The Henna Wars
Page Street Kids
Published on May 12, 2020
About The Henna Wars
WHEN DIMPLE MET RISHI meets SIMON VS. THE HOMO SAPIENS AGENDA in this rom com about two teen girls with rival henna businesses.
When Nishat comes out to her parents, they say she can be anyone she wants—as long as she isn’t herself. Because Muslim girls aren’t lesbians. Nishat doesn’t want to hide who she is, but she also doesn’t want to lose her relationship with her family. And her life only gets harder once a childhood friend walks back into her life.
Flávia is beautiful and charismatic and Nishat falls for her instantly. But when a school competition invites students to create their own businesses, both Flávia and Nishat choose to do henna, even though Flávia is appropriating Nishat’s culture. Amidst sabotage and school stress, their lives get more tangled—but Nishat can’t quite get rid of her crush on Flávia, and realizes there might be more to her than she realized.
I think this is my favorite f/f romance that I’ve read so far. I love the relationship between Nishat and her sister Priti. I’m a huge fan of sister books and sister relationships in books, so theirs was an easy win for me. It felt so much like my relationship with my sister in school– that tug-of-war between needing each other and needing to do things on your own or needing to find your own way.
If I struggled with anything (big IF!) it was feeling like Flávia didn’t deserve Nishat. The heart wants what it wants, but sometimes I struggle with a book where someone is in love with someone who just doesn’t seem worthy of them. As the story went on, however, it became clear that there was more to Flávia than I originally gave her credit for, and ultimately, she won me over.
I also loved the evolution of Nishat’s relationships with her parents. It obviously wasn’t an easy journey, and I don’t want to give anything more away. But there were some great moments there for me, too. (My favorite was her mom’s comment about someone being pansexual, but the way she said it sounded like someone who was in romantic love with paan. I definitely laughed out loud at that!)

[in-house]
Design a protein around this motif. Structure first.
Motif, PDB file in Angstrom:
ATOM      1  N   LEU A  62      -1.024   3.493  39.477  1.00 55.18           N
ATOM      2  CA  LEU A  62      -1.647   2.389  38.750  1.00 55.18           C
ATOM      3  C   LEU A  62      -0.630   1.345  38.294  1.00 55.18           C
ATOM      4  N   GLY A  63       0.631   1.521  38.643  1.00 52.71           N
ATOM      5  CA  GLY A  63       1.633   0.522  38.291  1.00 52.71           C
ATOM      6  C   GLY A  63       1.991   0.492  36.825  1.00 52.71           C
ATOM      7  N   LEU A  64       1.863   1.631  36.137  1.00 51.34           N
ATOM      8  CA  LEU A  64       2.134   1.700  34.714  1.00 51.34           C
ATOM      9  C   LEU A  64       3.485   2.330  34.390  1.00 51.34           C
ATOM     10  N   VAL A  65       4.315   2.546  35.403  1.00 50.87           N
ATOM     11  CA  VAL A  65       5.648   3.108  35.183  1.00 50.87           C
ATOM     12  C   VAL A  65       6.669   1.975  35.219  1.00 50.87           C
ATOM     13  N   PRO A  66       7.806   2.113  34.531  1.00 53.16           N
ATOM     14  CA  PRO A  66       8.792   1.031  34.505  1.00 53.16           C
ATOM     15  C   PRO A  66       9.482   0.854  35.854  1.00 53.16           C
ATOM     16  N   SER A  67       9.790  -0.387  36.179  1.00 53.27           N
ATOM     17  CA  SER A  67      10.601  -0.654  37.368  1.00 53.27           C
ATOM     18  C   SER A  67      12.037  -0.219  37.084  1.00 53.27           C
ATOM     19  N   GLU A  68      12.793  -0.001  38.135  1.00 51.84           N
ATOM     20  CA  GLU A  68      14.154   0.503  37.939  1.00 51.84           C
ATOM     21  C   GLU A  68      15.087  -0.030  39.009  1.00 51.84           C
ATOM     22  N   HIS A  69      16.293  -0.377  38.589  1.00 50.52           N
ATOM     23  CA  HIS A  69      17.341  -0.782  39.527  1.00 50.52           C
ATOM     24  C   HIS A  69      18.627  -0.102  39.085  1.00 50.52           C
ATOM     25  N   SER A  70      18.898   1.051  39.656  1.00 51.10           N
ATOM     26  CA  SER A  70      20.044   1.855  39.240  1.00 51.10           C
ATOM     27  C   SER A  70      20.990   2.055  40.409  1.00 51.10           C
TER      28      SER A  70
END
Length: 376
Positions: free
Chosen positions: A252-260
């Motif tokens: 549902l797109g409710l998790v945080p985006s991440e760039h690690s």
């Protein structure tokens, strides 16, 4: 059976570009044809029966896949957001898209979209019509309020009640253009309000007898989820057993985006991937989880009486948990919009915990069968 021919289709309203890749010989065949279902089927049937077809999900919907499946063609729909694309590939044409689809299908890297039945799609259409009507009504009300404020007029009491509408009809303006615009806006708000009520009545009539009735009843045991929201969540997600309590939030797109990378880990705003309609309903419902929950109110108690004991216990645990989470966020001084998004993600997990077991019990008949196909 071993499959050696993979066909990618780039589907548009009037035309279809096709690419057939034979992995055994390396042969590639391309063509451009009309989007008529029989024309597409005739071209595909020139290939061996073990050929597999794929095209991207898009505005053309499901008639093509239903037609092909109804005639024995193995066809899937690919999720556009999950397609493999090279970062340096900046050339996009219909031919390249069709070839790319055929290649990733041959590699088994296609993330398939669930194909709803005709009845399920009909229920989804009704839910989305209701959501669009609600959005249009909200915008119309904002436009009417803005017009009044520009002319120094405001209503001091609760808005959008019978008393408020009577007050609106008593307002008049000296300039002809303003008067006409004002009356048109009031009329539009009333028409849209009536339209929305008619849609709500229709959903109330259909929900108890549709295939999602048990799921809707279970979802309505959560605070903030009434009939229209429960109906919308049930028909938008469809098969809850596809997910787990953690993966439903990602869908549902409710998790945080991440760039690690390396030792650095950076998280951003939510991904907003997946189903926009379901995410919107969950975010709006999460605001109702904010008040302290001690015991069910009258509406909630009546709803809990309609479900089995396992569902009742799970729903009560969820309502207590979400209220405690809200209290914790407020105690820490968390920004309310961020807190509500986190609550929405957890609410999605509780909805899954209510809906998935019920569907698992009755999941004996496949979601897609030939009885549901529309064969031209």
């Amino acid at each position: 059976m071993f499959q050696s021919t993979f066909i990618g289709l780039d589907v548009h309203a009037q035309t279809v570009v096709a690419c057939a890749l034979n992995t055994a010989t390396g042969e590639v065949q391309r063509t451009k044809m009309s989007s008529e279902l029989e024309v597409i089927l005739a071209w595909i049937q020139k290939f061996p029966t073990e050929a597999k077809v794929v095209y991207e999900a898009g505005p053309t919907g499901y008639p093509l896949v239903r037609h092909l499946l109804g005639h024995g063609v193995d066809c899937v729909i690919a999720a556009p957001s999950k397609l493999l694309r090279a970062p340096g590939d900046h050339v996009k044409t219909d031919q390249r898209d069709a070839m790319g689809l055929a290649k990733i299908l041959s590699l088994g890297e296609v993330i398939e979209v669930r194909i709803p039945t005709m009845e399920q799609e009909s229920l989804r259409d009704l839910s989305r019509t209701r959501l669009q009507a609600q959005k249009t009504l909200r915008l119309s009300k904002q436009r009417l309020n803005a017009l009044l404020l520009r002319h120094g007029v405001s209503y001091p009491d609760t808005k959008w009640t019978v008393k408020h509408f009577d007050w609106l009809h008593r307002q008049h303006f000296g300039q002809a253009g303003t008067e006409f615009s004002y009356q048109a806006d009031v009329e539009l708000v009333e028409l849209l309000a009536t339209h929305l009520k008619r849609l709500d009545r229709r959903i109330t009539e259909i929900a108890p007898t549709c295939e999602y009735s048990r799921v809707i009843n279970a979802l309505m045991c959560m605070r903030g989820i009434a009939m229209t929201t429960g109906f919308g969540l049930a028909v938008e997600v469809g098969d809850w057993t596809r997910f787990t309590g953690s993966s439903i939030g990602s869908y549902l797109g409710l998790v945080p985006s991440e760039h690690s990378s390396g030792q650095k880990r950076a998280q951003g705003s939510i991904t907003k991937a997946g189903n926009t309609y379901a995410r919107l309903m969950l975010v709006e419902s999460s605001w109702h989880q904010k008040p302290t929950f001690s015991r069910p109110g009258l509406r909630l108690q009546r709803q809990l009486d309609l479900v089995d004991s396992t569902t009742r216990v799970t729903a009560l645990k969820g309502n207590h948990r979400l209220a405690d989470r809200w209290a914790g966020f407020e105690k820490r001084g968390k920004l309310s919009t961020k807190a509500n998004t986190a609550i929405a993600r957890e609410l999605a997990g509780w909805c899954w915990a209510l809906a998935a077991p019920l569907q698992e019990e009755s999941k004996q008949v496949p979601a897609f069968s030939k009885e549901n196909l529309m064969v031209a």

On the whole, HENNA WARS was exactly the book I needed right when I read it. It’s funny and heartwarming (and at times, heartbreaking) and packed with the high of first love and the strength of a sister bond.
Recommended for Ages 12 up.
Nishat and her family are Bengali. Flávia is Brazilian and Irish. They all live in Ireland.
Profanity/Crude Language Content
Strong profanity used infrequently.
Kissing between two girls.
Some references to Muslim faith and beliefs.
Violent Content – Trigger Warning
Some instances of bullying. Someone sends a hateful text message outing a lesbian. Some property destruction as bullying and references to cruel comments. When other girls find out that one character is a lesbian, they refuse to change in the locker room with her. There aren’t any descriptions of events when anyone directly attacks the bullying victim (which doesn’t make any of the things that happen better or okay, just thinking in terms of triggers).
References to alcohol at a teen party.
Note: I received a free copy of THE HENNA WARS in exchange for my honest review. This post contains affiliate links, which do not cost you anything to use, but which help support the costs of running this blog.